Lawyer for British woman who made false rape claim suggests she is a victim of a ‘more serious’ crime

A lawyer for a 19-year-old British woman arrested for falsely claiming a dozen Israeli teens gang-raped her in Cyprus has suggested his client is a victim of a “more serious” crime.

Andreas Pittadjis, the unnamed woman’s lawyer, leveled criticism at a video posted online purportedly showing his client having sex with several young men at a popular resort earlier this month.

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He called the leaked video "a much more serious criminal offense" than the public nuisance charge his client faces when speaking to reporters outside a Cypriot courthouse Tuesday.

Elite police unit officers escort a 19-year old British woman, center with head covered, to Famagusta court in Paralimni, Cyprus. (AP Photo/Petros Karadjias)

Elite police unit officers escort a 19-year old British woman, center with head covered, to Famagusta court in Paralimni, Cyprus. (AP Photo/Petros Karadjias)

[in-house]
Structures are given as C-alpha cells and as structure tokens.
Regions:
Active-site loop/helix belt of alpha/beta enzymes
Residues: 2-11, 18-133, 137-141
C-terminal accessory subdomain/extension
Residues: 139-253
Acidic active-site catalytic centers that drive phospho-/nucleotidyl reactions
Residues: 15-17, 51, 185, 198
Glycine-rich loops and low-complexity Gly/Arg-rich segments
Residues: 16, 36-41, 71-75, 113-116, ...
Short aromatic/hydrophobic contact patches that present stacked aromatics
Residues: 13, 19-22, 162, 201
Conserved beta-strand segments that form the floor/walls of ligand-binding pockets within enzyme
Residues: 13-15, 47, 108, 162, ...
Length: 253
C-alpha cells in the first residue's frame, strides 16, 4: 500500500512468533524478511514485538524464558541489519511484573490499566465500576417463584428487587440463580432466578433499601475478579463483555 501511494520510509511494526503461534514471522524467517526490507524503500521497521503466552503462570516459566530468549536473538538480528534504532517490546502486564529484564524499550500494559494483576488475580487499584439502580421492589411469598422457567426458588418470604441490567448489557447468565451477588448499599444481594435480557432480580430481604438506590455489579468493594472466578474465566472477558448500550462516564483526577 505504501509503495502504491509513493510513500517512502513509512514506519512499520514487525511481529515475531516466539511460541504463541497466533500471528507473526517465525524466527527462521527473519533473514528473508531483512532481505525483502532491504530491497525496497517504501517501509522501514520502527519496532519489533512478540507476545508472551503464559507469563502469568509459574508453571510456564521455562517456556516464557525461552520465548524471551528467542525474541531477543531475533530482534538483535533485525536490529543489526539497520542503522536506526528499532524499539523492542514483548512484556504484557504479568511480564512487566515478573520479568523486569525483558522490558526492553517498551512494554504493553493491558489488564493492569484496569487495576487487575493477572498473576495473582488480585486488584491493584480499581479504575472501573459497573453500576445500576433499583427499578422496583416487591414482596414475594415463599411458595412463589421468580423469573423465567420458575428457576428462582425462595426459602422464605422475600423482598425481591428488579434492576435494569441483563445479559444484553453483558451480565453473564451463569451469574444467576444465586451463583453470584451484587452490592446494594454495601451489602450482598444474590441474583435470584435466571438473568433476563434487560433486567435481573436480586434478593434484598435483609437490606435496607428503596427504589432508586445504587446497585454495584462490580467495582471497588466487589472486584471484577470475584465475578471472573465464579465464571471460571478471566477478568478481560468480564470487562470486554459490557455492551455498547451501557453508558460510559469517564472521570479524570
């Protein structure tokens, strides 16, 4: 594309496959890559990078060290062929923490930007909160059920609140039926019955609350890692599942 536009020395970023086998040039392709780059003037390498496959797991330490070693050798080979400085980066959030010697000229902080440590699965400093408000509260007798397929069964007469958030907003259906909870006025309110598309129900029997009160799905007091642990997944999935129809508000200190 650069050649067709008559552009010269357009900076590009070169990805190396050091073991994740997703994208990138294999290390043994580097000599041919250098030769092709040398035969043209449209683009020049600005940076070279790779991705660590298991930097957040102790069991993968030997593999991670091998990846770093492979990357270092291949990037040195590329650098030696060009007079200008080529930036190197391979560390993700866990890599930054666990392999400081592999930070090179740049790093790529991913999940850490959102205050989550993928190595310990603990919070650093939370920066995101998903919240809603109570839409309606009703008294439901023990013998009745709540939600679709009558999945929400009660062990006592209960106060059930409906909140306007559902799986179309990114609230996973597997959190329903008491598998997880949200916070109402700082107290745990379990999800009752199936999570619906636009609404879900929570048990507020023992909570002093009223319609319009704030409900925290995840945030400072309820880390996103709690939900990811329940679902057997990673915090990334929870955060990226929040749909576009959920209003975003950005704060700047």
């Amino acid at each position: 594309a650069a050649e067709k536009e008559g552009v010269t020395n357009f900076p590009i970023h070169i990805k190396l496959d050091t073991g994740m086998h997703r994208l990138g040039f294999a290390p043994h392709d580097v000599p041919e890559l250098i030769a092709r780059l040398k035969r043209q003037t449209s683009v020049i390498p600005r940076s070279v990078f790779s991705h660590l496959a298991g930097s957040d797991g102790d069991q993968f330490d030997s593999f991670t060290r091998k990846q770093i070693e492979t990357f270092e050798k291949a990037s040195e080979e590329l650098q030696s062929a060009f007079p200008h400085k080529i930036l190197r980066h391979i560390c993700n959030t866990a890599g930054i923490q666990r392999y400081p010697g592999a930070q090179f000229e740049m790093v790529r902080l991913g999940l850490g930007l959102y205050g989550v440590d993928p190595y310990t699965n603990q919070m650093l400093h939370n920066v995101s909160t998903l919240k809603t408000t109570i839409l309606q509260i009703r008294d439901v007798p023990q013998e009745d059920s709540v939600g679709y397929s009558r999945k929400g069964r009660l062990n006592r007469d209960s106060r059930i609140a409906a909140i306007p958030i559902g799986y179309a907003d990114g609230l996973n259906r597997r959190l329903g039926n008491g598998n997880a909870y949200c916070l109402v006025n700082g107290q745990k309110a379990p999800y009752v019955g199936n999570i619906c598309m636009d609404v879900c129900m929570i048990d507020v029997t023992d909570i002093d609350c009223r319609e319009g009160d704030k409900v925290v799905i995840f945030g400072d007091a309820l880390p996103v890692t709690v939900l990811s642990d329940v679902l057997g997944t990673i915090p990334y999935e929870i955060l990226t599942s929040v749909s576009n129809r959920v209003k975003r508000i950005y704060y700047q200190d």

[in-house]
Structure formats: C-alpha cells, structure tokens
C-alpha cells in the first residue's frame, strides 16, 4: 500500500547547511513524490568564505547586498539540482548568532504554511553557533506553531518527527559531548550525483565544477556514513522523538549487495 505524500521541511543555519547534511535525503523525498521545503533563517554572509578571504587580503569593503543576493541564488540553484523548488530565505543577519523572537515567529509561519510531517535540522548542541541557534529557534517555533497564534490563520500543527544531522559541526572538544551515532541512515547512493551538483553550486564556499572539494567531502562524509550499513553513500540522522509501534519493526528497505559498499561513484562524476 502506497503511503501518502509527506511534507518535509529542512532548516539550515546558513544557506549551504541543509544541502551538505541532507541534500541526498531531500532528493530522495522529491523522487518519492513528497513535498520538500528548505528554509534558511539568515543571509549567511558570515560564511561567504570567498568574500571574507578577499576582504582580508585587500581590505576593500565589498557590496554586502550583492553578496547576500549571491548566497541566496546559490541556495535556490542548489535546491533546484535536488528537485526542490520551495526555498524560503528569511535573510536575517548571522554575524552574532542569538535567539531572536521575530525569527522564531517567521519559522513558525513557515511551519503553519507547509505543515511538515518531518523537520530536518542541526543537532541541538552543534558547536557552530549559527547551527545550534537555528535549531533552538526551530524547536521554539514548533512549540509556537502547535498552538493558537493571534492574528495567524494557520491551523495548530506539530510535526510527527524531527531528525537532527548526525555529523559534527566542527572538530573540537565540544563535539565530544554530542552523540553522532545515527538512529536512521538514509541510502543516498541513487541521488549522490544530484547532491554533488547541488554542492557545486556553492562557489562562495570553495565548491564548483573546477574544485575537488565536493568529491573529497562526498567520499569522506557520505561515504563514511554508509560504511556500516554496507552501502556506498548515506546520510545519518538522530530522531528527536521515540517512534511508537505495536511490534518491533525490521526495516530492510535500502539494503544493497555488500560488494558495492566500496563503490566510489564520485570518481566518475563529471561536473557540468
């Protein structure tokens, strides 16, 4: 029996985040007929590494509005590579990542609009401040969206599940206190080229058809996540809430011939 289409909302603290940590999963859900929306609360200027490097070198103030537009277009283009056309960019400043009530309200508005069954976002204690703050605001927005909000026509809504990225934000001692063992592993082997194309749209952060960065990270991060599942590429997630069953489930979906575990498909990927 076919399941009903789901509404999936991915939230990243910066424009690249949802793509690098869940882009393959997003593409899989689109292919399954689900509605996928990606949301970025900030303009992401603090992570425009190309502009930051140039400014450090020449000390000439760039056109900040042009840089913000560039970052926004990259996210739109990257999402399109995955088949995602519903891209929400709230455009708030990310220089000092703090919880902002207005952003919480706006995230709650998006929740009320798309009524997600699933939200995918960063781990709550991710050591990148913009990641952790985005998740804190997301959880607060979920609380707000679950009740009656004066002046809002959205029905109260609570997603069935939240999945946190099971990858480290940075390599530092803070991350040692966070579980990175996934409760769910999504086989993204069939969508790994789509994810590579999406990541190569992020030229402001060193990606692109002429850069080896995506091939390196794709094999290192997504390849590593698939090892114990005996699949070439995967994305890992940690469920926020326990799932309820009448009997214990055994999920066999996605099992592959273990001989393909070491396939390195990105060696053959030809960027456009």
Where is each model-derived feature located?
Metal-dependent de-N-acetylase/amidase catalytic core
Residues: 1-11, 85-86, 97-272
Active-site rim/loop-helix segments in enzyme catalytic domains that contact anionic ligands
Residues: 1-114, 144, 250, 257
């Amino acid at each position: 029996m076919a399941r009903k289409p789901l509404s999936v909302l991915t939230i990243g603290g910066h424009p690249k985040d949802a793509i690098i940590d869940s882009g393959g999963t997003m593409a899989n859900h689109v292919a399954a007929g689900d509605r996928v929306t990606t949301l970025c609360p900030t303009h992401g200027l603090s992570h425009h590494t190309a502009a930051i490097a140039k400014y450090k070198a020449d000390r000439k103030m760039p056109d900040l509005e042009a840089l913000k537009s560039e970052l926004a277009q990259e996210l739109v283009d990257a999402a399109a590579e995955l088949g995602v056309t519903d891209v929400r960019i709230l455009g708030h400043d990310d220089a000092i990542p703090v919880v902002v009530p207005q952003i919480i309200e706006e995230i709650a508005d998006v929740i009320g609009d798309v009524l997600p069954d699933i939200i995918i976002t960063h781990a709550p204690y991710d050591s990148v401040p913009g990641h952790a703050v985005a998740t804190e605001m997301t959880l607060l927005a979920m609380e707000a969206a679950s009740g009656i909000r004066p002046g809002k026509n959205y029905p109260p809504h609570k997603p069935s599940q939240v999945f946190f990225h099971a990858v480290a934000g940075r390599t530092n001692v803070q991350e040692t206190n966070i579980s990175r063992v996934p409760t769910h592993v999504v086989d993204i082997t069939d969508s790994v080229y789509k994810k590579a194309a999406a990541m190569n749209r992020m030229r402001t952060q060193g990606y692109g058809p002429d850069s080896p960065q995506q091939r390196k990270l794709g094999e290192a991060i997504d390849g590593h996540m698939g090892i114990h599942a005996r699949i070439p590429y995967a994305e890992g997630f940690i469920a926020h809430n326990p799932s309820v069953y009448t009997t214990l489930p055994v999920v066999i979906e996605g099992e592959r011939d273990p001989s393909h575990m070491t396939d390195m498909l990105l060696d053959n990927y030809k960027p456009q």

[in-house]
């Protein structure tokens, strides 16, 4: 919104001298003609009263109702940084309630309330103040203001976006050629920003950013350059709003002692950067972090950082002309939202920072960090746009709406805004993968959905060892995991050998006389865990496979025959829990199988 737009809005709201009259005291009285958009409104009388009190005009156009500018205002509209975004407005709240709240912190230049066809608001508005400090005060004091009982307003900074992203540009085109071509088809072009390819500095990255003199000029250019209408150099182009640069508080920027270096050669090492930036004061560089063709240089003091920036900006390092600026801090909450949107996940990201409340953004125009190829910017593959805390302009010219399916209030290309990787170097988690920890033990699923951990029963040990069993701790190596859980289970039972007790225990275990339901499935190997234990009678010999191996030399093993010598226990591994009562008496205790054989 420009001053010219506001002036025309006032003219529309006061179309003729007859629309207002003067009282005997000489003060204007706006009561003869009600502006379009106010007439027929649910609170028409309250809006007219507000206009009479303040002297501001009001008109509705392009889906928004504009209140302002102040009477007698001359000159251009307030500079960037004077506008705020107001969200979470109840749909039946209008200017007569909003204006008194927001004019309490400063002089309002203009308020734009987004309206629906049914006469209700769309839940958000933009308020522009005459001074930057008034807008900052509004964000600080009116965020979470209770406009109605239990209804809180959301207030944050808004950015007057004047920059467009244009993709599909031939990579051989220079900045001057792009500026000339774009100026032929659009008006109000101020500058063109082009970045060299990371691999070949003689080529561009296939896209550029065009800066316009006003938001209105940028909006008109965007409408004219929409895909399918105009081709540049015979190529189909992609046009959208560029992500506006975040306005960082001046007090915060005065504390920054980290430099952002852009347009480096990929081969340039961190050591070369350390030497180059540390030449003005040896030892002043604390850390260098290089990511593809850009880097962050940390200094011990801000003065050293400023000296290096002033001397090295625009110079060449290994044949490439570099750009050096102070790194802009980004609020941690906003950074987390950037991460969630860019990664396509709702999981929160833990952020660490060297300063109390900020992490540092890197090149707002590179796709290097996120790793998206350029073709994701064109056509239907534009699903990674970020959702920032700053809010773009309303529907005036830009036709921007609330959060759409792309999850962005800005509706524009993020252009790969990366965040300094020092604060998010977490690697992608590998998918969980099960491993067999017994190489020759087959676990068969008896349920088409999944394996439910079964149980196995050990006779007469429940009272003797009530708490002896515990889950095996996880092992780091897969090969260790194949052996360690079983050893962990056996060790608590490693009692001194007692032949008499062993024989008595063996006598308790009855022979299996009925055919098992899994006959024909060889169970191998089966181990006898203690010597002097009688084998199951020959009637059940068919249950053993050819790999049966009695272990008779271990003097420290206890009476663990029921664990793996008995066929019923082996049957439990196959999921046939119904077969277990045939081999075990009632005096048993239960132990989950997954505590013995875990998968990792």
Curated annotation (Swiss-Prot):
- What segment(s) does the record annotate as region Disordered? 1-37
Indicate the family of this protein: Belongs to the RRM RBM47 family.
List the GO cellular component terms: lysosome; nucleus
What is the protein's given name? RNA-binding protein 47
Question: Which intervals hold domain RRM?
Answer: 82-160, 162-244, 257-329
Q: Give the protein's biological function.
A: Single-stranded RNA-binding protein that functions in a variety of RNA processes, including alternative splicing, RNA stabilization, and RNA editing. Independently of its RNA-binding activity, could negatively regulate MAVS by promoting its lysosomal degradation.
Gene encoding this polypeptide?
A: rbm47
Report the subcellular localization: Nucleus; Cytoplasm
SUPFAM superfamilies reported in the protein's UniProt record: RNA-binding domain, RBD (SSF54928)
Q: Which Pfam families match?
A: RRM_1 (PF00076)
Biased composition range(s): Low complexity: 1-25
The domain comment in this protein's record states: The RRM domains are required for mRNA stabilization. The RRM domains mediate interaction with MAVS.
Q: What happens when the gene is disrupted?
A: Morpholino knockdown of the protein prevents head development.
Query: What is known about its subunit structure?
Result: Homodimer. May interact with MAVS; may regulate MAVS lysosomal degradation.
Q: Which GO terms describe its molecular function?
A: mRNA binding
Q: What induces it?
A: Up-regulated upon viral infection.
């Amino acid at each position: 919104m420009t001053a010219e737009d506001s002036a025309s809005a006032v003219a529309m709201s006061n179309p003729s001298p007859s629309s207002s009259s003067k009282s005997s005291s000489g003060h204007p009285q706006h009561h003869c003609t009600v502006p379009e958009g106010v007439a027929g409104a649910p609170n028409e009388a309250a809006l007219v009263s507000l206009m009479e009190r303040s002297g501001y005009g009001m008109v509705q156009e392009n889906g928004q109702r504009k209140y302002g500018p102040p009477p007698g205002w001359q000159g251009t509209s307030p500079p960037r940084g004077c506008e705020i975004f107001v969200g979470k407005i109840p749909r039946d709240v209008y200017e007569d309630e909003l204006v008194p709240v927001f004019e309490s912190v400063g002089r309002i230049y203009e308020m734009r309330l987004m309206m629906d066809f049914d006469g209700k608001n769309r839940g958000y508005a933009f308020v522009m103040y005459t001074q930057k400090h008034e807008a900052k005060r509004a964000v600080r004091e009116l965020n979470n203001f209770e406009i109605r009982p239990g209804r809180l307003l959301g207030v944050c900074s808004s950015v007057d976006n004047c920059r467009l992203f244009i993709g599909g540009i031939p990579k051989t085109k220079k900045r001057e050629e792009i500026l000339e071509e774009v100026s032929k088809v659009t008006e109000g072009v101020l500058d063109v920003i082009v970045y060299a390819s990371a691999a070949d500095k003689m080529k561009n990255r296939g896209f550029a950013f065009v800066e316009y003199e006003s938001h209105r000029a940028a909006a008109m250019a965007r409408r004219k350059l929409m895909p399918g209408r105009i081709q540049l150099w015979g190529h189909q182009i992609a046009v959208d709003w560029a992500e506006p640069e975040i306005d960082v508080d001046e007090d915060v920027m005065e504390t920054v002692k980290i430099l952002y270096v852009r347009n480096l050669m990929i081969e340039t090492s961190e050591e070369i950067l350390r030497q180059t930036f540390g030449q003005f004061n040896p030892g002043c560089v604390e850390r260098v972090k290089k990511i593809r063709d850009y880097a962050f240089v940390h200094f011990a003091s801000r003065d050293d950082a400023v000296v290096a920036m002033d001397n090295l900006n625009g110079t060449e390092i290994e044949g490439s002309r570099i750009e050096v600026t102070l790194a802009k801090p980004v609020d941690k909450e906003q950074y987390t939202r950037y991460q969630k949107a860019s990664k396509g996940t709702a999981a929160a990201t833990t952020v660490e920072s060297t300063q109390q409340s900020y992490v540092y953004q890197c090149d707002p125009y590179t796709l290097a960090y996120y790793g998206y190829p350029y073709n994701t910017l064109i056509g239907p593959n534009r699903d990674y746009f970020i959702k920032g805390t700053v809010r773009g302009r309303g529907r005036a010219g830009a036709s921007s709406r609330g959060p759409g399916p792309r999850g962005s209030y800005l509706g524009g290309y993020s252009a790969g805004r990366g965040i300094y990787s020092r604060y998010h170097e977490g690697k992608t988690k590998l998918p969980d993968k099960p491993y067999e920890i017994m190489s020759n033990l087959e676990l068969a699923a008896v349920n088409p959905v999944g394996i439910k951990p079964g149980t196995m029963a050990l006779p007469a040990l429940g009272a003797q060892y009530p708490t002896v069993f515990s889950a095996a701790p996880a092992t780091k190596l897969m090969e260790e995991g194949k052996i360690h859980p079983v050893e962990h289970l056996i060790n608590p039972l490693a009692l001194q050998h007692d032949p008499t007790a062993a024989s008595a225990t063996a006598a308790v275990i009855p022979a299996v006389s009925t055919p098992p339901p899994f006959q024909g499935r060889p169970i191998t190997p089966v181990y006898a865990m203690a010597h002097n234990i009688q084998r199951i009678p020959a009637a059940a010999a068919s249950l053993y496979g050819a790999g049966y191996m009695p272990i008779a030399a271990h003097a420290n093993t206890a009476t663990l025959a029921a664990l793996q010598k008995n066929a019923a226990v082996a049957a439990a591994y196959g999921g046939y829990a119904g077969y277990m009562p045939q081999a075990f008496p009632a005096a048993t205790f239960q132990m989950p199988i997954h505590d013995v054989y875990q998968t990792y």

''These 12 boys are being treated as heroes but the Internet is now flooded with images and texts of this young lady,” Pittadjis told The Sun.

The state-run Cyprus News Agency reported that the woman allegedly told investigators she filed a rape report because she was "angry and insulted" that a number of the Israelis allegedly recorded video of her having sex with some of them.

The woman later voluntarily recanted her rape allegation, police said. The Israeli teens, initially arrested on July 18 following the woman's claim, had all been released from custody by Sunday.

An Israeli teenager is embraced by relatives after being released from Famagusta police headquarters in southeast town of Paralimni, Cyprus, on Sunday. (AP Photo/Petros Karadjias)

An Israeli teenager is embraced by relatives after being released from Famagusta police headquarters in southeast town of Paralimni, Cyprus, on Sunday. (AP Photo/Petros Karadjias)

Meanwhile, a judge on Tuesday granted Pittadjis’ request for a one-week adjournment so that he and his client can review the evidence investigators have gathered.

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Pittadjis said his client will "most likely" enter a plea to the charge at her next court appearance on Aug. 7, but wouldn't say how she would plead. The charge carries a maximum sentence of a year in prison and a $1,890 fine.

His client has consented to remain in police detention until then, he said.

The Associated Press contributed to this report.